During his time at Temple, Richard Englert has held what seems like an endless amount of administrative posts.
From a short stint as interim athletic director, to his current role as acting president, Englert has been a jack of all trades and a constant in an academic world promoting movement from one university to another.
While he said he hasn’t held a position for more than five years during his 36-year stint at Temple, his contributions consist of far reaching personal relationships with students, faculty and administrators that his peers laud as a skill that’s “refreshing” among the current crop of academic professionals.
“What you see is the real Dick Englert,” said Robert Reinstein, former dean of Beasley School of Law.
Englert came to North Broad Street from the University of California, Los Angeles in 1976 as assistant to the dean of the College of Education while he was finishing his doctorate. As he rose through the ranks at Temple, he said, he was able to learn from a multitude of mentors.
“Moving around, gives you not only a different vantage point, but it gives you different mentors to work with,” Englert said. “I’m the kind [of person] where I’ll adapt when I see something that’s working with somebody [else].”
“I’ve been blessed, there’s no doubt about it, to get to work with some of the top people around,” he added.
Englert said he learned how to deal with crises through his mentors.
“It’s especially good to see people during crises moments,” Englert said. “You learn not to panic.”
This ability to deal with crises showed itself during the tsunami in Japan in 2011 while administrators talked with members of Temple Japan’s administration. Vice Provost for Academic Affairs and Assessment Jodi Levine Laufgraben said Englert was accessible at all times during conversations with the Temple Japan staff.
“He was on every call no matter the time of the day and some of those calls were in the middle of the night,” Laufgraben said.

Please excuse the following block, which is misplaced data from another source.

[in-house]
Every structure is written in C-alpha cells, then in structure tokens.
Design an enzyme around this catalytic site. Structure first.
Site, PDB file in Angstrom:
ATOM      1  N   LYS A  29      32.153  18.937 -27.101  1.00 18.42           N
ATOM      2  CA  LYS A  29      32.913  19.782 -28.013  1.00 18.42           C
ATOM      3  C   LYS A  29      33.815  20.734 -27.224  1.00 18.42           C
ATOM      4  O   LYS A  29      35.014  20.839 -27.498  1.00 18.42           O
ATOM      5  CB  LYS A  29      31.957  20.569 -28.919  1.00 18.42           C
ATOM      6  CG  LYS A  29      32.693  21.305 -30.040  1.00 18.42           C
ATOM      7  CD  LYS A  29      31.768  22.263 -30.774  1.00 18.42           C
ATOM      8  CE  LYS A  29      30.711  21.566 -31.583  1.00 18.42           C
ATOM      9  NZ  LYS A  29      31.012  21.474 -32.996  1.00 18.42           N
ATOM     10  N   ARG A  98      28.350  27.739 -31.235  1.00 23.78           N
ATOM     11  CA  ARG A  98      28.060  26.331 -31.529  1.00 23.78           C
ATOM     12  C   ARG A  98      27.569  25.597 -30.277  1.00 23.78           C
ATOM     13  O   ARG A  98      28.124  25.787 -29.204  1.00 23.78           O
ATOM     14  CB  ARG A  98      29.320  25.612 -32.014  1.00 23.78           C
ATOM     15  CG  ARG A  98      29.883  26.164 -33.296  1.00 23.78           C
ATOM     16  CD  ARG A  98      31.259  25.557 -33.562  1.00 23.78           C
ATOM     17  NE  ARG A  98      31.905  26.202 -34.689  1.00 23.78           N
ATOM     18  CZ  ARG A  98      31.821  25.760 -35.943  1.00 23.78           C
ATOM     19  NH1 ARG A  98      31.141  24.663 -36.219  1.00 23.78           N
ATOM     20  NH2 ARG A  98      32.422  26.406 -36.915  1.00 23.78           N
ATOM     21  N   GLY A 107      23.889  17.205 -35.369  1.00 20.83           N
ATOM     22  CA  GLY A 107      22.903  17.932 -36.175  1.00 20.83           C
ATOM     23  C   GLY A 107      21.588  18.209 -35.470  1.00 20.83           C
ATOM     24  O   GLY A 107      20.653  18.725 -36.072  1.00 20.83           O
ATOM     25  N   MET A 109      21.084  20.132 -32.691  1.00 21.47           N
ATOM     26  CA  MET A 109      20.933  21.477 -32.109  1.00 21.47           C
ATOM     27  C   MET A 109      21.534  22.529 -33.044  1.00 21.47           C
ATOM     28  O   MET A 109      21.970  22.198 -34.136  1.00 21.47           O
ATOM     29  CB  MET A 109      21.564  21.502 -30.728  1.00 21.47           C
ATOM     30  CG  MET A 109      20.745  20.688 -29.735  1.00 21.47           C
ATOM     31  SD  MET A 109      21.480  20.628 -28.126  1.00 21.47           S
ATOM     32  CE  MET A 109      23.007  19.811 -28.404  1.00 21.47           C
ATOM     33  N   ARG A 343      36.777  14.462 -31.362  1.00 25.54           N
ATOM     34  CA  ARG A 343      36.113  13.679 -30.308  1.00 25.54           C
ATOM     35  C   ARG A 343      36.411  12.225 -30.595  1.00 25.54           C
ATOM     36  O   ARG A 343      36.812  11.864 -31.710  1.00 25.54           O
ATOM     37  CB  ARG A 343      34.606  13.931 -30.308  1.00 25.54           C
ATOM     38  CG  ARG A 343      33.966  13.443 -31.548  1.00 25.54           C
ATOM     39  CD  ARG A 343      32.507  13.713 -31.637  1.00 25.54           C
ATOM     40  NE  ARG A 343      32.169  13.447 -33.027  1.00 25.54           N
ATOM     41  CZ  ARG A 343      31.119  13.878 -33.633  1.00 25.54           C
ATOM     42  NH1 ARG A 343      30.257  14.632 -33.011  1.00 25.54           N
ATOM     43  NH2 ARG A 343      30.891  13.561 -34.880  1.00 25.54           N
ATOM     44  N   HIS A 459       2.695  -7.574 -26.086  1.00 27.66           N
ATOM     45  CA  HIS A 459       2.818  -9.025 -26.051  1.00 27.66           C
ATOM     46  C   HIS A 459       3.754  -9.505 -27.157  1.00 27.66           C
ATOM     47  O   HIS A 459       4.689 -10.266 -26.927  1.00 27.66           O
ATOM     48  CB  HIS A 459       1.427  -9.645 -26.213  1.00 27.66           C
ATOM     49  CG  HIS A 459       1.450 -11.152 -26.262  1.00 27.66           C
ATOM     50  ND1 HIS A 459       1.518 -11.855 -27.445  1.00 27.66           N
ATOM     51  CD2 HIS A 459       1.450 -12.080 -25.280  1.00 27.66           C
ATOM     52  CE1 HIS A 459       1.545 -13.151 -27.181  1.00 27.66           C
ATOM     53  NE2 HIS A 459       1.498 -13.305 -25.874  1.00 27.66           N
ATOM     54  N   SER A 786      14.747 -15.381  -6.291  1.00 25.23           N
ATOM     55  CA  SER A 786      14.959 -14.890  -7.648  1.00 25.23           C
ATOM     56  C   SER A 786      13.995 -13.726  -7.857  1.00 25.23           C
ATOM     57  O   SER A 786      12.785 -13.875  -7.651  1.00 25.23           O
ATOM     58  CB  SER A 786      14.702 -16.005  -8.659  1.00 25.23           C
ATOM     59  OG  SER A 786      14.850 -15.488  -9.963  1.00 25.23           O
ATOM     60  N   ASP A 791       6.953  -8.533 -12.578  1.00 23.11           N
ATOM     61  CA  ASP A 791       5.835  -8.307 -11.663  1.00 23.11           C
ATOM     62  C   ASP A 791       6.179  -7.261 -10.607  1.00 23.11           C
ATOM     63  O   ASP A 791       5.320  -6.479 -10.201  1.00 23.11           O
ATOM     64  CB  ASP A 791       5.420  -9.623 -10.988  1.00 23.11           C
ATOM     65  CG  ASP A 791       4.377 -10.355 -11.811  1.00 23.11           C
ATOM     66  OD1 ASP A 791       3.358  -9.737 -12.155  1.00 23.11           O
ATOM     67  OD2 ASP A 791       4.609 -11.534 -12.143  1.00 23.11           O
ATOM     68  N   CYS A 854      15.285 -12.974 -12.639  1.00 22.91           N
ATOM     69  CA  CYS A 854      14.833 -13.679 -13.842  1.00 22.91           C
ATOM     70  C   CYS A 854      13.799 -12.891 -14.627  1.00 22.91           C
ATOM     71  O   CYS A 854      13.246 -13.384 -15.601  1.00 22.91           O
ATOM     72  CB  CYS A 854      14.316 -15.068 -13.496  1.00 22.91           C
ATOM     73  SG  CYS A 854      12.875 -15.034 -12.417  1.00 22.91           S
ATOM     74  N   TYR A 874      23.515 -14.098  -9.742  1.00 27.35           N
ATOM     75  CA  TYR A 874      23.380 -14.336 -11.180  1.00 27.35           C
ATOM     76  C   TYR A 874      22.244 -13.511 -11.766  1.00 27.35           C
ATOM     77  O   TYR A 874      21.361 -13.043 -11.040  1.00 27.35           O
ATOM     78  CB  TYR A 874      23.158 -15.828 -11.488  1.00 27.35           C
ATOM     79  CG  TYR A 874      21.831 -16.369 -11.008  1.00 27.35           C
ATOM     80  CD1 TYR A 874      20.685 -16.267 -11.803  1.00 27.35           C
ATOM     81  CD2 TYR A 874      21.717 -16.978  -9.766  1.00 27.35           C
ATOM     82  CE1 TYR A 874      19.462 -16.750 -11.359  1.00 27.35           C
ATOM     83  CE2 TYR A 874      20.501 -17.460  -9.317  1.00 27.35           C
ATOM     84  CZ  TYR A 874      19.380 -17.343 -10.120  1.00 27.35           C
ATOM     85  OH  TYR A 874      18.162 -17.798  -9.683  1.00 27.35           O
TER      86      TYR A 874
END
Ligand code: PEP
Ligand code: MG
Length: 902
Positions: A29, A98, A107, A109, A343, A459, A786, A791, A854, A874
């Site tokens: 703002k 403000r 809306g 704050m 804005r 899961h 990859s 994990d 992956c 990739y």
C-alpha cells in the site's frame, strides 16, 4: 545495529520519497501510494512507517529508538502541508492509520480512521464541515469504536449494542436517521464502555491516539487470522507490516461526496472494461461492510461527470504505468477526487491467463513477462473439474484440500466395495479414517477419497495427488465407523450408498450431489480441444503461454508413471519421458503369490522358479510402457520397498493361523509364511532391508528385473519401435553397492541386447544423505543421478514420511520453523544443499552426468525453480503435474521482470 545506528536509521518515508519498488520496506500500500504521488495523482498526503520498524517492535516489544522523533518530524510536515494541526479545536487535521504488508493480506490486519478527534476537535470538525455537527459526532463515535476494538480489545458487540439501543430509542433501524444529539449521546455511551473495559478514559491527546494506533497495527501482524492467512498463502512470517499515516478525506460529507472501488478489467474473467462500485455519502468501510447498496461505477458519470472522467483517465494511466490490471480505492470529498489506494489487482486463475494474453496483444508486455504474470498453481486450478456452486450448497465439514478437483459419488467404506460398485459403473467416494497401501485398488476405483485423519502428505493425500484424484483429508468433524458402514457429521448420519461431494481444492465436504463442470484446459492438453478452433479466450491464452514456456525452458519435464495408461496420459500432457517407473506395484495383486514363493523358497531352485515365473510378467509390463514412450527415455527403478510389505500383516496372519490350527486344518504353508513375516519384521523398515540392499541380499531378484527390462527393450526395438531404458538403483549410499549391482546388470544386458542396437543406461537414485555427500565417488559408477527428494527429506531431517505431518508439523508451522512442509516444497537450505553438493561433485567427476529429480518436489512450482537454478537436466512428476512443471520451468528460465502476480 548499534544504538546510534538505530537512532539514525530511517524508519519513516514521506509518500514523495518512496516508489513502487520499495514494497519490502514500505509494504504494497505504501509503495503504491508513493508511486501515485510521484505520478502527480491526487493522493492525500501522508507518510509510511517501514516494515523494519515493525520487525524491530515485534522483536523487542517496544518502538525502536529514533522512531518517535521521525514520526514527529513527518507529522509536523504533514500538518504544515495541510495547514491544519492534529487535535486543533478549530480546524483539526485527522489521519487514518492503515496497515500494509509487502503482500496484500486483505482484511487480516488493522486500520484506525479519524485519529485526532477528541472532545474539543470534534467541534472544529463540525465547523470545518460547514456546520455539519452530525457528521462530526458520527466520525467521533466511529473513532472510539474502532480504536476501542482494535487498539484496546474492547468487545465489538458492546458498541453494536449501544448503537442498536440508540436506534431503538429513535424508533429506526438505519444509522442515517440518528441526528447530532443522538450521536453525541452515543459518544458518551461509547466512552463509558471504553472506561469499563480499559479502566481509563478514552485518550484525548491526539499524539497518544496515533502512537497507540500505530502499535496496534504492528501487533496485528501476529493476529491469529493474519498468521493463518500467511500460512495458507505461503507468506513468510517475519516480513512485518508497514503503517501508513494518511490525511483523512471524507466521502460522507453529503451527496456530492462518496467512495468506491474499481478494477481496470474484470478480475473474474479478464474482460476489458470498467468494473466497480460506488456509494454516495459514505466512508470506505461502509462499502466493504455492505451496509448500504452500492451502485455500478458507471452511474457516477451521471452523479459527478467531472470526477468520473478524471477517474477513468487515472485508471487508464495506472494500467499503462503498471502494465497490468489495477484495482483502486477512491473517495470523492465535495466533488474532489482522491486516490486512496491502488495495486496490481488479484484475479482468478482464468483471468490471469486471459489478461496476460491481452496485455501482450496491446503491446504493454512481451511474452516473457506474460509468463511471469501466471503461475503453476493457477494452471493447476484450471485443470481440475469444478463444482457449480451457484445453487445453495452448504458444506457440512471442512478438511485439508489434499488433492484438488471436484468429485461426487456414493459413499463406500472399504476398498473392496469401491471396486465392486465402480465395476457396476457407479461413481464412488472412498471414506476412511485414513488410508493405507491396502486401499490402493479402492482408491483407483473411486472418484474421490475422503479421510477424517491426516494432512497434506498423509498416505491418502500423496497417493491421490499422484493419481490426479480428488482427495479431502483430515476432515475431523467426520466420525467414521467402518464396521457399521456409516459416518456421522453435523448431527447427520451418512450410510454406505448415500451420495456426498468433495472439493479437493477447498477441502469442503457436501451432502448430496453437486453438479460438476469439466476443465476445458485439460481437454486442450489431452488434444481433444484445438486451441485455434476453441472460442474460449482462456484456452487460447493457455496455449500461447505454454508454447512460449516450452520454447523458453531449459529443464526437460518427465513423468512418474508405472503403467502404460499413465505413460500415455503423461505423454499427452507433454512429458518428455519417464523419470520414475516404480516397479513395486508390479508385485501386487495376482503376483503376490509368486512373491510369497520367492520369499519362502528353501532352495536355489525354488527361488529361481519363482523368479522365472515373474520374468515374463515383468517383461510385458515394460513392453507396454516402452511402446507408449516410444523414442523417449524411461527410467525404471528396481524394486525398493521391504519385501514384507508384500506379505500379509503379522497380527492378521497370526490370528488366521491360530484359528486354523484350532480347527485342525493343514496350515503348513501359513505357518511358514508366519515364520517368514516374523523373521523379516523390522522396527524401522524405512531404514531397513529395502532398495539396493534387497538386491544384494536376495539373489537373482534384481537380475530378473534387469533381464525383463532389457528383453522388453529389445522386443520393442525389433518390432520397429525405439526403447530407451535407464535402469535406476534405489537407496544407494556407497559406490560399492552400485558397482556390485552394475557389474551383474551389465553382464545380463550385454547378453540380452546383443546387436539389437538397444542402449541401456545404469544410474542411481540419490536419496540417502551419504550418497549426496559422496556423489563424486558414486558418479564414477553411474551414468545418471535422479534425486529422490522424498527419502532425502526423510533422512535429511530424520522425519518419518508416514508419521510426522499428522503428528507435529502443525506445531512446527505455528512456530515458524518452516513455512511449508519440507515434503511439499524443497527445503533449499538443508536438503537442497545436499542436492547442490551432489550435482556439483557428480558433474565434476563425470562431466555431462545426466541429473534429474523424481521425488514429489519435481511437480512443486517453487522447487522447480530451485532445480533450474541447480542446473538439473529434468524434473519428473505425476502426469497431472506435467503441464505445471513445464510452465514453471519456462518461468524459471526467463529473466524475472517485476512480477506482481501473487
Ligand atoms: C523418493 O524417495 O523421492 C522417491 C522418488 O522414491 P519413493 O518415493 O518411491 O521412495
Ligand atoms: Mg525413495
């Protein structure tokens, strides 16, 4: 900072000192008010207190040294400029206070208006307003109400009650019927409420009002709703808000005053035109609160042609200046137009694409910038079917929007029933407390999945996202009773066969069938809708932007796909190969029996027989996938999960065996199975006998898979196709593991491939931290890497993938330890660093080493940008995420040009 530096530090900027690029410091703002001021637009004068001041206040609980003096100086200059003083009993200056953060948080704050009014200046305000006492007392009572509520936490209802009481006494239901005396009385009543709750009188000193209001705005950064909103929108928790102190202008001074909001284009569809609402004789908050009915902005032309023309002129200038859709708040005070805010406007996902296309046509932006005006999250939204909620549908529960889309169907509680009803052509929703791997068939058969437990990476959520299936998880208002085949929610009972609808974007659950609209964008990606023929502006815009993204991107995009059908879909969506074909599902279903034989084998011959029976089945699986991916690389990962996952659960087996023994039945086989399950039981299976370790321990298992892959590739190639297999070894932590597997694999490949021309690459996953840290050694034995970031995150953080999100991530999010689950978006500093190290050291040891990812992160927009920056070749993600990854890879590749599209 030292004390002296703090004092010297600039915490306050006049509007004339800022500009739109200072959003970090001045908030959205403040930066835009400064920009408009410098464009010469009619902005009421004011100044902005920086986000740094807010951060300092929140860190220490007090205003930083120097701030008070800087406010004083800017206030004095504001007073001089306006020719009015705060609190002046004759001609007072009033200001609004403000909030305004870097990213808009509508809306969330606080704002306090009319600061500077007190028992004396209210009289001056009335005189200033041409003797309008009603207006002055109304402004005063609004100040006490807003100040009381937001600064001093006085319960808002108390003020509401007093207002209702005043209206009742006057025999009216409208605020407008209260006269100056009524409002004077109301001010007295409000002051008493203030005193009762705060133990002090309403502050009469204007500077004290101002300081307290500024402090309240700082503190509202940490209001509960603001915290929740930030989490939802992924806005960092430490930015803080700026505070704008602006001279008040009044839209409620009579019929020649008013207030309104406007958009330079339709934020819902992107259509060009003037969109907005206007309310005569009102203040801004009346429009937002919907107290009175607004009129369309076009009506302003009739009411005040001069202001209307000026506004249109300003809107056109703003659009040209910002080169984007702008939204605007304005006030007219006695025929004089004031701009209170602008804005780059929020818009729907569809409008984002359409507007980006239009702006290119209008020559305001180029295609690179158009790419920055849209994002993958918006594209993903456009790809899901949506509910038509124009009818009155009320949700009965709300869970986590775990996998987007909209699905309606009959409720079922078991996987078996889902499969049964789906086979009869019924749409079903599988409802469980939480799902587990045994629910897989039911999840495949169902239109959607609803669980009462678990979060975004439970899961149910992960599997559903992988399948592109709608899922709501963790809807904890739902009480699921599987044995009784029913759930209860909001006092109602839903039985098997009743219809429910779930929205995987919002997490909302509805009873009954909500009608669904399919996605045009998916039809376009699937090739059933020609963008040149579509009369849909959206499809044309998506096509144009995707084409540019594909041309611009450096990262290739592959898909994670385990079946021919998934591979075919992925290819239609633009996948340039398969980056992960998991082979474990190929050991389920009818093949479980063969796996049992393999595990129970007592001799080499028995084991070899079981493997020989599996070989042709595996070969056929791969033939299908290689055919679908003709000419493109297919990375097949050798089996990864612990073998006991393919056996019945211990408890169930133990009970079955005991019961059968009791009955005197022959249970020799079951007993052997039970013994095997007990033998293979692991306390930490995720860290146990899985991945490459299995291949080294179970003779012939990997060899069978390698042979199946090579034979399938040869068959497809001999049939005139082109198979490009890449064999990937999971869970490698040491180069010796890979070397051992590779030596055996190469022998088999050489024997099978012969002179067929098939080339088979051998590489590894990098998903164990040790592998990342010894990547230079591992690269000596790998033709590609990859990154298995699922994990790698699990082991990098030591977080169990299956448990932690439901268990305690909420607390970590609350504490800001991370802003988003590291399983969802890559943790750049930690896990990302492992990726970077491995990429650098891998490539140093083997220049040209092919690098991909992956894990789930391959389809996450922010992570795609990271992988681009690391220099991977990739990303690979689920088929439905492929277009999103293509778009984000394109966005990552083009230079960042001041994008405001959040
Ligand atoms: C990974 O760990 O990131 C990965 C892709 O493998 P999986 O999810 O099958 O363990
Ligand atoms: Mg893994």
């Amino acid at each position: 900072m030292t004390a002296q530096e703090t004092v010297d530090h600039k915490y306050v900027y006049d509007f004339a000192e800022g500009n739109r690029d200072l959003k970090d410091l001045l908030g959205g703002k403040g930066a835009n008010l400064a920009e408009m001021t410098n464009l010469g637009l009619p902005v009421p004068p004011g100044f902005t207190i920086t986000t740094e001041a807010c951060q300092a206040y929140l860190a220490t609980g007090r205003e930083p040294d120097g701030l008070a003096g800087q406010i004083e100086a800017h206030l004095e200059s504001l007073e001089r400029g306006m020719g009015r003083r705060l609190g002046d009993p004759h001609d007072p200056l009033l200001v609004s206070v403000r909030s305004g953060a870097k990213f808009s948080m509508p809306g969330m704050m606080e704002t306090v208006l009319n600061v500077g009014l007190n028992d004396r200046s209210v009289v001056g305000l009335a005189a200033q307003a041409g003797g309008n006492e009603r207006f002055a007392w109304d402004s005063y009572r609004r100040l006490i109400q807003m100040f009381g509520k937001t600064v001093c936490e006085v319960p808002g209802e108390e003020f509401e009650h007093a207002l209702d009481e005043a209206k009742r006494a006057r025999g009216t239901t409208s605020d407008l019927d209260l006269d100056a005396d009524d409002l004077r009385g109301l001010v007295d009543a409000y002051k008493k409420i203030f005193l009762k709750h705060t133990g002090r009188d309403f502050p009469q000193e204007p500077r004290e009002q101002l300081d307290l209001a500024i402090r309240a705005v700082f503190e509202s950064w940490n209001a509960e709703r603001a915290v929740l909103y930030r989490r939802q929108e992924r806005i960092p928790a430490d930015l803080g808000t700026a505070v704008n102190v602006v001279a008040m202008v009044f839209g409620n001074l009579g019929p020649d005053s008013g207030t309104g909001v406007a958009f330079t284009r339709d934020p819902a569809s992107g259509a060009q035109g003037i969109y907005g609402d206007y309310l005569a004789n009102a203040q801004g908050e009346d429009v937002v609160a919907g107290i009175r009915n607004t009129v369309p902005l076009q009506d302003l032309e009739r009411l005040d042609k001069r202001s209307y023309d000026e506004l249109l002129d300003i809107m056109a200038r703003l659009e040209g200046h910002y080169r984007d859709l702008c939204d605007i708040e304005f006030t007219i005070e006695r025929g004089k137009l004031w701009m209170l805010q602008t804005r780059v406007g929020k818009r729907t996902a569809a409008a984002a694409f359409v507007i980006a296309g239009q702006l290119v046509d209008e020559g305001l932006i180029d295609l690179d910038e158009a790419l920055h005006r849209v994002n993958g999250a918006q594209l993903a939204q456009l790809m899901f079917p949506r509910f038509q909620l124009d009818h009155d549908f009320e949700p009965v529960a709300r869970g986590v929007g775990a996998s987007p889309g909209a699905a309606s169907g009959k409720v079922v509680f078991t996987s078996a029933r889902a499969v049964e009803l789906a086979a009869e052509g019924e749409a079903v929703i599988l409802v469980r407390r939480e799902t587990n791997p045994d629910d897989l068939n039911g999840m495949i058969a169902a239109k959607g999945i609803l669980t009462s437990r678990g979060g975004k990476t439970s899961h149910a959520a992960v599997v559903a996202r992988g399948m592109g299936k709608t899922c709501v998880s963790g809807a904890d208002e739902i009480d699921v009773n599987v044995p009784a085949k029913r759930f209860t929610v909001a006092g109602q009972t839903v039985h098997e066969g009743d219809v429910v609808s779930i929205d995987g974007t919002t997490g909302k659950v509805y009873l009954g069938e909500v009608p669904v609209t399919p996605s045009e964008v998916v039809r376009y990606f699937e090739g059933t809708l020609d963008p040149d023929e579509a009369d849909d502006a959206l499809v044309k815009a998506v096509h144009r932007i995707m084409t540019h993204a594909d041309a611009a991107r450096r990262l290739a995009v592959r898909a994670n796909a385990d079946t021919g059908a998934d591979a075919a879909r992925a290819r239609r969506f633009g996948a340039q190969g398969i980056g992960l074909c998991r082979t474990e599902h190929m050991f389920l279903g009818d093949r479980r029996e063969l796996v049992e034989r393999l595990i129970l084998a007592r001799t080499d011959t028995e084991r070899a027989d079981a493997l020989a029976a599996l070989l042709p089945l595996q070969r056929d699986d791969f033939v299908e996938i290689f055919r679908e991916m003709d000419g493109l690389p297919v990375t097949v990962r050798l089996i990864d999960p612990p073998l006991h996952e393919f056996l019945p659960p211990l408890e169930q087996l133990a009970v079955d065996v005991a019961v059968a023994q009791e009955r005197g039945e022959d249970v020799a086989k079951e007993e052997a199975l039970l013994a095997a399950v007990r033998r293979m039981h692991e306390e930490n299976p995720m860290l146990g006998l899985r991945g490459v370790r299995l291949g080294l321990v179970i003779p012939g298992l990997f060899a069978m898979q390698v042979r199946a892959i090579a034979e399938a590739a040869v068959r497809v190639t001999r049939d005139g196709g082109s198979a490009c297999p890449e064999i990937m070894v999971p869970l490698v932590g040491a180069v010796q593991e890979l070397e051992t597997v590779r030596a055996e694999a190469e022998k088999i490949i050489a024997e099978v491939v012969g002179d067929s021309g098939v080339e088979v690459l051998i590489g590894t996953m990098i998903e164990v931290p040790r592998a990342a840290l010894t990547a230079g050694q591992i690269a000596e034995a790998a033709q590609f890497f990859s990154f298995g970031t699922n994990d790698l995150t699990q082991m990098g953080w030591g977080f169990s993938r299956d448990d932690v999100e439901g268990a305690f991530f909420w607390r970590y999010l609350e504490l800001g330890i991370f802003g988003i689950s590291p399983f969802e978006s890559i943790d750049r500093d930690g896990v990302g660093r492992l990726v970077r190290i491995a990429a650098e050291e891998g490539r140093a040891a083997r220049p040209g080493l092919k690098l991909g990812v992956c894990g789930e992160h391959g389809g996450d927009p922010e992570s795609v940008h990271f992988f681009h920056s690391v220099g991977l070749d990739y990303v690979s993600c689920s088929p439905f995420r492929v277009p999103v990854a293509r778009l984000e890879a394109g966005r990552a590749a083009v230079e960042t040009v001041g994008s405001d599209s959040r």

During his time, he’s served in a number of interim roles, which Englert said he did because “it’s always a great opportunity.”
When he was asked by former President Peter Liacouras to serve as interim athletic director, he was surprised by the move, which Liacouras said he did because he trusted Englert.
“I was very surprised when President Liacouras asked me to serve as interim athletic director, because I had no experience in it,” Englert said. “[Liacouras] said, ‘You know what? I trust you and I need somebody I can trust in that position.’”
While Englert said he simply took the positions because of the opportunity each presented, Reinstein said the reason was greater than that and speaks to the commitment he has toward the university.
“He did not do things for ambition, power, but because he felt it was a public service,” Reinstein said.
Neil Theobald will take the role as president on Jan. 1, 2013, at which point Englert will take a year sabbatical before returning as a full-time faculty member, which he said he’s never been at Temple since he’s been a full-time administrator since he joined the university. He said he’d like to teach courses in intellectual heritage and educational administration, with a focus in managing universities.
As Theobald prepares to take the reigns as president next month, Englert said he had been helping him get a handle on the culture of Temple.
“[Theobald] comes with enormous skills,” Englert said. “He comes not knowing Temple. I think I can help him understand Temple.”
Theobald lauded Englert for how he has prepared him during the last several months, and said Englert has talked with him on an almost daily basis during that time.
“I cannot be more appreciative of how helpful [he’s been],” Theobald said. “He understands the culture of Temple, so quite often that’s exactly what I’m calling and asking is, ‘OK, I’m not quite clear what’s happening here,’ and he can explain it all very well. He just can’t be more helpful.”
During his short time as president, Englert said he’s been able to see the “richness of the institution” from a different vantage point. But the highlight, he said, was the base-tuition freeze, combined with the administration’s efforts to increase financial aid.
“That has long-term effects on students and their lives in terms of keeping debt low, giving students access,” Englert said. “What could be better than that?”
Sean Carlin can be reached at email@example.com or on Twitter @SeanCarlin84.